• Install a tile or stone apron around bathtubs and by showers. This limits the amount of standing water that could be present on the bamboo flooring.
  • Use cotton rugs or bath mats around your bath, sink and shower to absorb moisture. When you’ve finished in the bathroom, hang the mats on the side of the tub (or better yet, outside the bathroom) to dry. You don’t want wet or damp mats sitting on your bamboo flooring for hours as that could cause permanent damage.  Make sure that the mats/rugs are breathable, or have a breathable rubber pad underneath.  Trapping moisture under a rug will ruin a wood floor surface.  Some rug material itself such as jute needs a pad underneath as repeatedly walking on a jute rug will wear away the flooring finish.
  • Use natural, non-acidic bathroom cleaners. When washing the floor, dry wipe where possible – do not use a mop and bucket of water as that will be far too wet for the floor.
  • Dry the apron in front of the shower and tub after every use with a towel or water scraper to limit the amount of moisture left in the room. You should also thoroughly dry the rest of the floor.
  • Install a ventilator in the bathroom and keep the window open regularly. Note that this is not enough to guarantee your floors will not be affected by moisture and humidity but it may help to slow the damage.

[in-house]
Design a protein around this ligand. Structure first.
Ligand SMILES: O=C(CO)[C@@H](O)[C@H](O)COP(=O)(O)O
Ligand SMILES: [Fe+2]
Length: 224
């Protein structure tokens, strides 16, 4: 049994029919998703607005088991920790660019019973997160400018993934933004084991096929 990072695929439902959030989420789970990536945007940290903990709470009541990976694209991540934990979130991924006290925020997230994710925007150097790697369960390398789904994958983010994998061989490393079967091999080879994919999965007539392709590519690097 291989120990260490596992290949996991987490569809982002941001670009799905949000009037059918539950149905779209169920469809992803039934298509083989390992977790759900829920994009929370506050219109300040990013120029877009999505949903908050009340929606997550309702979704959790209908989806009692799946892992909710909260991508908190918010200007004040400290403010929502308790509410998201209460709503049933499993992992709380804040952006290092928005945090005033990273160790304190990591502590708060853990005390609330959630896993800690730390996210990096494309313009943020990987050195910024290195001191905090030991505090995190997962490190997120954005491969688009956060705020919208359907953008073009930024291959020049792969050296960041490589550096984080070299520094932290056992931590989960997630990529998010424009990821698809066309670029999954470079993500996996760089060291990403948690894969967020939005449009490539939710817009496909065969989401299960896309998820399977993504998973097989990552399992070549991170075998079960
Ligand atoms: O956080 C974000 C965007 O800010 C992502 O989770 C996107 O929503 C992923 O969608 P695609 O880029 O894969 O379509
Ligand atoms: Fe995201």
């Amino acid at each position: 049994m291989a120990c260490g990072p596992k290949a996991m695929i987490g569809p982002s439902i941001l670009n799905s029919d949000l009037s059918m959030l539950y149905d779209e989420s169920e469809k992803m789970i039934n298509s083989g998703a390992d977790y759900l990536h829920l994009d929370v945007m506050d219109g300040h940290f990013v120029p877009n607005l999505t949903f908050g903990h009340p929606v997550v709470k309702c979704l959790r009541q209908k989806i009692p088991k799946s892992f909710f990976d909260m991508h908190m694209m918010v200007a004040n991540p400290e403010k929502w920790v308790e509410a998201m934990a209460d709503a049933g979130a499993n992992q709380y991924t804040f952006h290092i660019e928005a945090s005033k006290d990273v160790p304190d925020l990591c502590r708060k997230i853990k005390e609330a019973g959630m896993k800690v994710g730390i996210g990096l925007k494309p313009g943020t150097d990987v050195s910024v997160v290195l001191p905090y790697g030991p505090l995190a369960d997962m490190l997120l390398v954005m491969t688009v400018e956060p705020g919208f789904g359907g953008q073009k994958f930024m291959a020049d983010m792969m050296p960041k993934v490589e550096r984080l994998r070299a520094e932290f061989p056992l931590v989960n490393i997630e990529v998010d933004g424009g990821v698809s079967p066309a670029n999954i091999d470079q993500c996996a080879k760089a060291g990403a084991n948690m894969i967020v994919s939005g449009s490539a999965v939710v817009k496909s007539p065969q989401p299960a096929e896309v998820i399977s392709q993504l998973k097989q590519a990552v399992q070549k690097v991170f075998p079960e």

• Regularly inspect the flooring for signs of damage. Seek immediate remedial action if you notice any issues with the floor. This may include adding another protective layer on top of the floor or replacing a piece of bamboo that’s become damaged.

Here’s a cool video a homeowner made of bamboo flooring in their bathroom:

As previously mentioned, bamboo and hardwood flooring isn’t the ideal flooring for bathrooms so you should expect signs of wear-and-tear and damage to show after a time. That being said, bamboo flooring can look stunning in bathrooms so we understand why many of our clients decide to take the risk and install it.



Categories: Flooring, Flooring, Interior Decorating